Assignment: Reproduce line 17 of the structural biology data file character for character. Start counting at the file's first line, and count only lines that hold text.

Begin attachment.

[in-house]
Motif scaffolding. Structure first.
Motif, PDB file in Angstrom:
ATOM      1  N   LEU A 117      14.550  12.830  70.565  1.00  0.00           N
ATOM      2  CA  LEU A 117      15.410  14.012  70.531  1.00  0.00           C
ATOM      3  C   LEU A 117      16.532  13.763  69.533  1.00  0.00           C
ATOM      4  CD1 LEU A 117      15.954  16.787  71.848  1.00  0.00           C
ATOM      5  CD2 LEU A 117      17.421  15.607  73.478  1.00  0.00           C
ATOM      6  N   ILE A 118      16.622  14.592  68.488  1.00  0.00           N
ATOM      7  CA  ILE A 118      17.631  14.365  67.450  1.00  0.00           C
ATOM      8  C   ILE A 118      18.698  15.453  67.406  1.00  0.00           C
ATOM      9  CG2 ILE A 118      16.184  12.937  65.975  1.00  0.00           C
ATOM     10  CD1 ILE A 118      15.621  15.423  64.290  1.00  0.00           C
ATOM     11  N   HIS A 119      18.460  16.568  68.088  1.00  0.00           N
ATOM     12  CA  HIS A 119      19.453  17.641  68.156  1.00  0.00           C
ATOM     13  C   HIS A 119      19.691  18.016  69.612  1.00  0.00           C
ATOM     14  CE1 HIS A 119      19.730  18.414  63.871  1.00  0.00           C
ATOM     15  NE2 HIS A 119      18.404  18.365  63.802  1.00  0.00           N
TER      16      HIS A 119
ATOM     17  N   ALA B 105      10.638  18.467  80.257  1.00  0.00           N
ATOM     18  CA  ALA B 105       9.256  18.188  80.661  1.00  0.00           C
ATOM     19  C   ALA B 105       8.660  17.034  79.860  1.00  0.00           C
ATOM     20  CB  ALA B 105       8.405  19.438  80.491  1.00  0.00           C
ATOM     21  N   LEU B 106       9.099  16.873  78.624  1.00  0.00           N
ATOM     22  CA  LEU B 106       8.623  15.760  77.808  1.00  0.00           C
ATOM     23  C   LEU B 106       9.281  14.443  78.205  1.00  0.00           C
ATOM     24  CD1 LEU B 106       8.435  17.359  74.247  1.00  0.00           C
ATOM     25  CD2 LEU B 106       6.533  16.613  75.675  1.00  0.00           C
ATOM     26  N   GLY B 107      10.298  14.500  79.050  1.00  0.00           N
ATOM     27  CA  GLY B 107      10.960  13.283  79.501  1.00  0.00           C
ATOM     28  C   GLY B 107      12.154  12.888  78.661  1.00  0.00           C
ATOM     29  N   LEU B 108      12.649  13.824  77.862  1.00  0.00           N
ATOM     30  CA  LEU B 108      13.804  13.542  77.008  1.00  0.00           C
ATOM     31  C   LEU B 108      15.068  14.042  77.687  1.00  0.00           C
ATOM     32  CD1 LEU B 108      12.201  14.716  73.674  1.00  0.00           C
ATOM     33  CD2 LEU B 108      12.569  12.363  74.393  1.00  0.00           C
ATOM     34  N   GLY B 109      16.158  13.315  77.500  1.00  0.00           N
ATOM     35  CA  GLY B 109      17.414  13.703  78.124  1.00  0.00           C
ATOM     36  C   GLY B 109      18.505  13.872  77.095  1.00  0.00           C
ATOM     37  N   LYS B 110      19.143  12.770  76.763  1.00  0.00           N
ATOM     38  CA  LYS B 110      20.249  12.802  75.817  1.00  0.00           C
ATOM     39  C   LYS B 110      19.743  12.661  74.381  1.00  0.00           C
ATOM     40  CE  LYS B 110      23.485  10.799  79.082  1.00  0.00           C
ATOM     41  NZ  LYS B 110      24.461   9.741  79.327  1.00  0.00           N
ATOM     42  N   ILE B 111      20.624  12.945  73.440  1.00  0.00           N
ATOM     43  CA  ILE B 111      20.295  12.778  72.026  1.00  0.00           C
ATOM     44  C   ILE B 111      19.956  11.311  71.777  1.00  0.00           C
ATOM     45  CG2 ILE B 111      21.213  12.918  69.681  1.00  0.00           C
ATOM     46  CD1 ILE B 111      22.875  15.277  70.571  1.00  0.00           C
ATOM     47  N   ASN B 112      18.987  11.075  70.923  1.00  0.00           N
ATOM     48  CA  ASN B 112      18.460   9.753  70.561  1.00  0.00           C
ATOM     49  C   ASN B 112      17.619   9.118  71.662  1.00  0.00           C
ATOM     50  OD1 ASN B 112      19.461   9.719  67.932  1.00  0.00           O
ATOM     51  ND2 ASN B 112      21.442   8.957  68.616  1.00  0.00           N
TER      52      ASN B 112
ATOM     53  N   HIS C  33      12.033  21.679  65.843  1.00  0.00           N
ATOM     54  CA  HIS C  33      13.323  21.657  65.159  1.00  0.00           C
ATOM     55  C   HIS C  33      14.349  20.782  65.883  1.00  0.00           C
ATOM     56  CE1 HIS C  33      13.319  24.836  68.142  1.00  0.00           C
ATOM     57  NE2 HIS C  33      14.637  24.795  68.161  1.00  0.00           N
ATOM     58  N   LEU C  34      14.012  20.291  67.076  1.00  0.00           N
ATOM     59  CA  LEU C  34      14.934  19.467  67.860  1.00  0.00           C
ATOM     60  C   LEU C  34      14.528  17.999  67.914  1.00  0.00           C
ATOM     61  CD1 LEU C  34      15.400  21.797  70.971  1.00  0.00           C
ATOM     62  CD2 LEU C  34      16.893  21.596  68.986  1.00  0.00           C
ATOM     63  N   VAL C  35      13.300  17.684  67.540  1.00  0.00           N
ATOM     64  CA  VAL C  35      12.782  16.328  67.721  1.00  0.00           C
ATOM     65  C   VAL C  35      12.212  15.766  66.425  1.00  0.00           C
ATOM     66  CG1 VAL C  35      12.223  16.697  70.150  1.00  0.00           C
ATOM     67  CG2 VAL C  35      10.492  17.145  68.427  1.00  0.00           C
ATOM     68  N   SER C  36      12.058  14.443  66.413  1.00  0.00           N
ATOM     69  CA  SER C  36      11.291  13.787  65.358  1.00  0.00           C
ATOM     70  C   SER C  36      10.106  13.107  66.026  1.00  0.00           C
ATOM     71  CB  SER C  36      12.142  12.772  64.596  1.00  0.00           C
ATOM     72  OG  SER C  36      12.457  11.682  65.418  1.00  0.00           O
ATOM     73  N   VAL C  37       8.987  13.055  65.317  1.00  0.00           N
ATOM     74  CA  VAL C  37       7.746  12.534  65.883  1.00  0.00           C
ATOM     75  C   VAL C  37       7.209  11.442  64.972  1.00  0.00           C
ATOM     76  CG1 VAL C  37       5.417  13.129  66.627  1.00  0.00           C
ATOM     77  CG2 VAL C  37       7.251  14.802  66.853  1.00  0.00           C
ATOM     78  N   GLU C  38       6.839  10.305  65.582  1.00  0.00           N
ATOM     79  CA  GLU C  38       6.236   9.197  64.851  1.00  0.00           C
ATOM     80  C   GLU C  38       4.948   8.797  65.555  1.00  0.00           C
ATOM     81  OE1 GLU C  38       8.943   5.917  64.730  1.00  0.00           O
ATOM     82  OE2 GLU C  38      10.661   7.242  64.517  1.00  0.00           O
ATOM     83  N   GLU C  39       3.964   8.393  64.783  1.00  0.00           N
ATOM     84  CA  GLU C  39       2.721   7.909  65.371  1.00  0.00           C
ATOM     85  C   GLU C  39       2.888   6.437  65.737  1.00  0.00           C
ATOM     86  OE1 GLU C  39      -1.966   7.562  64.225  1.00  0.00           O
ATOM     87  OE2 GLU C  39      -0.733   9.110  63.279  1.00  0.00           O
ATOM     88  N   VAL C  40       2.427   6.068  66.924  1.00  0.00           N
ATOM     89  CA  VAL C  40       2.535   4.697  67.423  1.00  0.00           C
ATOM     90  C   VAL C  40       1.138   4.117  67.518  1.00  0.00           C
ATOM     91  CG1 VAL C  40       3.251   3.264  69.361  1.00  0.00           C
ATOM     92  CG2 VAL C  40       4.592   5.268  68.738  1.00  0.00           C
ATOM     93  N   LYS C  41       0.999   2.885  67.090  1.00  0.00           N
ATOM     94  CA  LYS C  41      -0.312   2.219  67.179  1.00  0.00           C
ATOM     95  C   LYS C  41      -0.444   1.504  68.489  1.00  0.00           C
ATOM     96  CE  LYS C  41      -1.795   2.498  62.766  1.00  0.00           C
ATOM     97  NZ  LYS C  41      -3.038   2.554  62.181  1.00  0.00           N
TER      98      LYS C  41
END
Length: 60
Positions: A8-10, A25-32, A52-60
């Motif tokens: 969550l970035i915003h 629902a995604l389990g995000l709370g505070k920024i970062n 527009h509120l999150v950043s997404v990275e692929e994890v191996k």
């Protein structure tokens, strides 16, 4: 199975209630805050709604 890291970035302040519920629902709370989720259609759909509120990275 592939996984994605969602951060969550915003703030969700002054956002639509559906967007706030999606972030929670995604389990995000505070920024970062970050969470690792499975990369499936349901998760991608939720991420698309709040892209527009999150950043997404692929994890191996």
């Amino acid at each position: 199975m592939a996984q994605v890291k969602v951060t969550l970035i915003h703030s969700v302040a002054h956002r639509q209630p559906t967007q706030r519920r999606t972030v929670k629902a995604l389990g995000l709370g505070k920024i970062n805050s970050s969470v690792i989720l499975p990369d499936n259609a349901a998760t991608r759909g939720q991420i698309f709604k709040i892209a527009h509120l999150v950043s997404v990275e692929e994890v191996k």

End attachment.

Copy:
ATOM     14  CE1 HIS A 119      19.730  18.414  63.871  1.00  0.00           C